Where Are They Now: An 'The Boss' Tran Fighting Curse from Selling Bracelet

An Tran makes a yearly trip to the WSOP from his home country of Vietnam.

In the 1990s and early 2000s, An "The Boss" Tran was a force to be reckoned with at the felt.

He compiled over $2.7 million in cashes and made over 20 WSOP final tables, as well as more than one final table in the L.A. Poker Classic Main Event back when the World Poker Tour was barely even a gleam in Steve Lipscomb's eye. He even made the WSOP Main Event final table, finishing fifth in 1996, when Huck Seed was crowned world champ.

However, recent years have seen Tran be much more scarce around the live poker scene. While he has cashes dotting his resume here and there, he has but one year over $5,000 — a $21,529 blip in 2013 — since 2009.

On Day 1 of Event #42: $600 Mixed No-Limit Hold'em / Pot-Limit Omaha Deepstack, a tip from Allen Kessler led PokerNews to find Tran at a table in Brasilia, grinding away in the vast field.

He splashed in a pot-sized three-bet on the final hand before the dinner break, chasing away a couple of young guns to drag the pot while most of the other players were already heading for the exits. Tran agreed to fill in PokerNews on what he's been up to in recent years.

"Ten Months in Vietnam, Two Months Here"

While Tran's presence was noted in Event #42 with some surprise by Kessler, The Boss himself said it's actually quite normal to see him grinding at the Rio. He comes to Las Vegas for a yearly pilgrimage and then spends the rest of his time back in the homeland, Vietnam. He's been based there for about 10 years.

"I play this, then I go back to Vietnam," Tran said in between puffs of a cigarette. "Ten months in Vietnam, two months here. Every year, I come here."

Other than that, Tran plays basically zero poker nowadays. While the country sports a few famous poker exports like Men Nguyen and Scotty Nguyen, and the WPT has made inroads there with WPT Vietnam, Tran said it has basically no poker.

He enjoys his yearly sojourn to the desert, though, where he said he's willing to fire in any game. The soon-to-be 67-year-old is still trying to break what he calls a curse that he brought upon himself with an ill-fated decision in the early 1990s.

An Tran
Tran said he's still trying to break a curse dating from 1991.

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"I Sold It the Next Day"

Tran was coming into this own, following the tournament circuit in Las Vegas and Los Angeles and racking up thousands of dollars worth of cashes each year as the 1990s dawned.

In late April of 1991, at the 22nd WSOP, Tran entered the $1,500 Pot-Limit Omaha and broke through for his first bracelet, topping a field of 146 for $87,600 after he defeated Swedish icon Chris Bjorin heads up.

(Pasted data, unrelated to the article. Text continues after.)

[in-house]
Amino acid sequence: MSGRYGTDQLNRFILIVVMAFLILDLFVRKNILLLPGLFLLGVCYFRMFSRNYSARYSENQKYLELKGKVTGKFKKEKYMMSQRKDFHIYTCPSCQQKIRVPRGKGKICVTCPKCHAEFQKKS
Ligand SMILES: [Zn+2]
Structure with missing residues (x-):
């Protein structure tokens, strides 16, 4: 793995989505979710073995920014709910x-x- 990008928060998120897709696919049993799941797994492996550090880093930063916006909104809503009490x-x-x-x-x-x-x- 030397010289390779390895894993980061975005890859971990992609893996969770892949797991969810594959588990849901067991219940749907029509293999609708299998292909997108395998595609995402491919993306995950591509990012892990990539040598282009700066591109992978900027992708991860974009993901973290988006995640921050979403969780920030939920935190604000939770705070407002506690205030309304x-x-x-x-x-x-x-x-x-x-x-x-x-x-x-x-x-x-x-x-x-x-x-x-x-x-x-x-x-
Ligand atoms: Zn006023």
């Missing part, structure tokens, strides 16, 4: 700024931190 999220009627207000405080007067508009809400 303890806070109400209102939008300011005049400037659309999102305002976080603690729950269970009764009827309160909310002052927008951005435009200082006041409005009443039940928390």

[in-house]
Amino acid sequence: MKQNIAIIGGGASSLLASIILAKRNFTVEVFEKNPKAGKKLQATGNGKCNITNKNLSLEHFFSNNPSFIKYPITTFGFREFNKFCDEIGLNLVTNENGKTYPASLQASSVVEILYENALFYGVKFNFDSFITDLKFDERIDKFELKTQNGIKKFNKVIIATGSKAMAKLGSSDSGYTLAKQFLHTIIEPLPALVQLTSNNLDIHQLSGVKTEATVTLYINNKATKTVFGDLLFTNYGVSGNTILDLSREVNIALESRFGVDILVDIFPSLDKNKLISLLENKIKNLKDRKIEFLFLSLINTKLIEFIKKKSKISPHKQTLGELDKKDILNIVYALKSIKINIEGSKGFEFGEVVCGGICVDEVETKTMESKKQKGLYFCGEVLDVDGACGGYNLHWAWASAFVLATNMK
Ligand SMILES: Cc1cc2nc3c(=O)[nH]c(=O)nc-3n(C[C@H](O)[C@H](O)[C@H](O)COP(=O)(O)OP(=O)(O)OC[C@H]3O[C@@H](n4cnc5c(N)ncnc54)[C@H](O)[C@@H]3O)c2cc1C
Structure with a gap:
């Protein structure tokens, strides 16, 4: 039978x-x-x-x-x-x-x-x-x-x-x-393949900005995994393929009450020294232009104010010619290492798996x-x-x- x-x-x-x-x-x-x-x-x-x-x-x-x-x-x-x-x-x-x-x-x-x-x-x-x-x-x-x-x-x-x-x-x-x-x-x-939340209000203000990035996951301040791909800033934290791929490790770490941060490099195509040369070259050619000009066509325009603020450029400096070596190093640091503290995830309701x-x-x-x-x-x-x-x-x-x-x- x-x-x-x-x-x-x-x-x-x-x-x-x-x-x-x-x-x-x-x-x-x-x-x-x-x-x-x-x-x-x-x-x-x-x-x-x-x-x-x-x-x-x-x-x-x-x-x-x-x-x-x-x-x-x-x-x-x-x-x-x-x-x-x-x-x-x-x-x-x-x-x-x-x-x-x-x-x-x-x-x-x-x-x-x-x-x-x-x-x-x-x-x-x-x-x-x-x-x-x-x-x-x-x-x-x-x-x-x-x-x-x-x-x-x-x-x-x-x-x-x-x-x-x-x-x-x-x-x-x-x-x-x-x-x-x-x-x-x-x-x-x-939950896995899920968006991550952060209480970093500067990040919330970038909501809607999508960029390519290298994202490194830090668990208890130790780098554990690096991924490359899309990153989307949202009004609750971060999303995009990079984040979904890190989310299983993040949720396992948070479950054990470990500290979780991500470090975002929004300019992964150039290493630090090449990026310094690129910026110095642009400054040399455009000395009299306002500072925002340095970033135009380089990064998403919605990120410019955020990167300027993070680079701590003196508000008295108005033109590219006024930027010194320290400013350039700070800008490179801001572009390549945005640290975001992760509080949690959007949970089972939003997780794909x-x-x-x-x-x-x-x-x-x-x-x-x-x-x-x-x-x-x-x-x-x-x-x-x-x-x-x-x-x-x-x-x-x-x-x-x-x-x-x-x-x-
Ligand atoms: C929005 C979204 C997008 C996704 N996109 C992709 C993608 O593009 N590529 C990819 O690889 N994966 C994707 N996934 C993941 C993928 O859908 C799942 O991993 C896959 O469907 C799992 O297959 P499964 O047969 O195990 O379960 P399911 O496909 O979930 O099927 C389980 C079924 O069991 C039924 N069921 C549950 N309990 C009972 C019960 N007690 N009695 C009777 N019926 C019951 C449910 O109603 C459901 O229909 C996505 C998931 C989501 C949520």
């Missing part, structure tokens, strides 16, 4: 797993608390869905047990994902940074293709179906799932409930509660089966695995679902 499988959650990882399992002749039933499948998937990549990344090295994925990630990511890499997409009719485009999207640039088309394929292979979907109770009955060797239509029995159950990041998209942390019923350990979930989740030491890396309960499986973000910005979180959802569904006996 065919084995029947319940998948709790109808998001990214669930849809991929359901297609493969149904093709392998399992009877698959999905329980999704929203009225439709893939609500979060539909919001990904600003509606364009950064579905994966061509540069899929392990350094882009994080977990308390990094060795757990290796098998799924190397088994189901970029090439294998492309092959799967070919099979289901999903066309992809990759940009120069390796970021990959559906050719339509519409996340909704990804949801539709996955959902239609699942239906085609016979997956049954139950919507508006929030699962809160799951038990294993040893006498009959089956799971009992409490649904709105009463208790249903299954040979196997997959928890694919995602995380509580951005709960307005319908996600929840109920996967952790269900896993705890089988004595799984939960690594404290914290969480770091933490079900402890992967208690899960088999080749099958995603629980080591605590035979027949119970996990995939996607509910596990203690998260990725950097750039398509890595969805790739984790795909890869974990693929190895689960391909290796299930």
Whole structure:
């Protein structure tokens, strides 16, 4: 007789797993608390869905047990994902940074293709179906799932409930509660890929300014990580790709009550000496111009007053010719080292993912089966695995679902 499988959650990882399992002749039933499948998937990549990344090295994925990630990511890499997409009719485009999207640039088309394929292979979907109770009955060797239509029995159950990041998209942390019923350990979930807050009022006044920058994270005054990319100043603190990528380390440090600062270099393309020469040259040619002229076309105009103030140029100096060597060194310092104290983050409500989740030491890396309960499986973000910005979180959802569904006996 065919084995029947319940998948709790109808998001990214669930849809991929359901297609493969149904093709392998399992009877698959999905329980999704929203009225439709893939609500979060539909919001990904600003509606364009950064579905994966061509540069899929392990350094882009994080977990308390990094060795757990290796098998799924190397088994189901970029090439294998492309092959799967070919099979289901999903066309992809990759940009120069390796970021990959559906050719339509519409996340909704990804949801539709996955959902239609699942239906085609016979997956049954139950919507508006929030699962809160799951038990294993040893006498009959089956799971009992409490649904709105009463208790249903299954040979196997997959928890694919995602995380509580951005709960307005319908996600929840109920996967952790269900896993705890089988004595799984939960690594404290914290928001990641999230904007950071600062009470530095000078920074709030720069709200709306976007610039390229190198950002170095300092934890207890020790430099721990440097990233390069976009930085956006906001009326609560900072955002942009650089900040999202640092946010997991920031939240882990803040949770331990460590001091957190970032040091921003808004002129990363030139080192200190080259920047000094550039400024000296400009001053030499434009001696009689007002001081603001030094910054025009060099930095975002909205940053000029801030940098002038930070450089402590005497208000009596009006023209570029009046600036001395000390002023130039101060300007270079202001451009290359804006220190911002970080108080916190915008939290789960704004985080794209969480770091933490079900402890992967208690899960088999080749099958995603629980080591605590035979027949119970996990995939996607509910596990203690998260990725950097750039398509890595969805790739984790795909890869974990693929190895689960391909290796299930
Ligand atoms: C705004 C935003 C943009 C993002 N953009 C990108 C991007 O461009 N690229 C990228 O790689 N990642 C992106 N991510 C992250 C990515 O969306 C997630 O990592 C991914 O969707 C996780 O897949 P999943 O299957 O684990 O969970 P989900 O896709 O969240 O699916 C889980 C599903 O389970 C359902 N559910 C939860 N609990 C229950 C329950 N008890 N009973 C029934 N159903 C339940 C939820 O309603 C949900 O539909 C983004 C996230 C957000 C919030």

"I think if you take it to the store and sell it, they probably give you $500, not $2,000."

Flush with confidence and figuring there would be many more bracelets in his future, Tran decided to cash in when he was presented with an opportunity the next day.

"I sold it the next day," he said. "At that time, I didn't need the money, but one guy offer me like $2,000. I think if you take it to the store and sell it, they probably give you $500, not $2,000. That's why I take it. And I kept thinking, I will win again.

"I sold it, that's why I got cursed."

Striving for Another Chance

For Tran, who still calls everybody "boss" — the source of his nickname, he said — that moment would cause a cloud to hang over the rest of his poker-playing career at the WSOP.

He experienced his fair share of success in the coming years, particularly in 1992. That year, he would showcase his skill and versatility by reaching six final tables in five different formats. No WSOP banners with players of the year were hung back then, a fact that clearly stings a little whenever Tran plays in Brasilia, where the modern POYs are immortalized.

"If they put the best player of the year back to 1992, my picture would be in there too," Tran said.

Despite the numerous deep runs, though, Tran would do no better than third. His best chance for another bracelet wouldn't come until about a decade later. Tran recalled it as 2006, but a look through the archives reveals it to be 2004.

John Hennigan
'Johnny World' stormed back on An Tran to deny him a second bracelet.

That year, at Binion's in the $5,000 Limit Hold'em, Tran would make a dominating run to the final table and come within a whisker of securing his second bracelet. He said he had John Hennigan all but felted, only to have everything completely fall apart.

"I put him all the way down to where he didn't have enough for the big blind," Tran said. "He come back to win. I don't think that ever happen to nobody. Only me. He won every hand after that.

"Because I sold my bracelet, I cannot win one more bracelet. I'm supposed to have two bracelets, you know? I sold it, that's why I got cursed. I feel regret about it, yeah."

Despite the unfortunate close call and the fact that he's never been able to reach the heights he once occupied in the poker hierarchy, Tran isn't giving up hope. He still believes he can one day break the hex, and his message to other bracelet winners is to cherish the moment, because you just might never hold up that piece of gold in the winner's circle again.

"When you win, that's something very special," he said.

  • Where are they now? PokerNews caught up with old-time grinder An Tran to find out where he's been.

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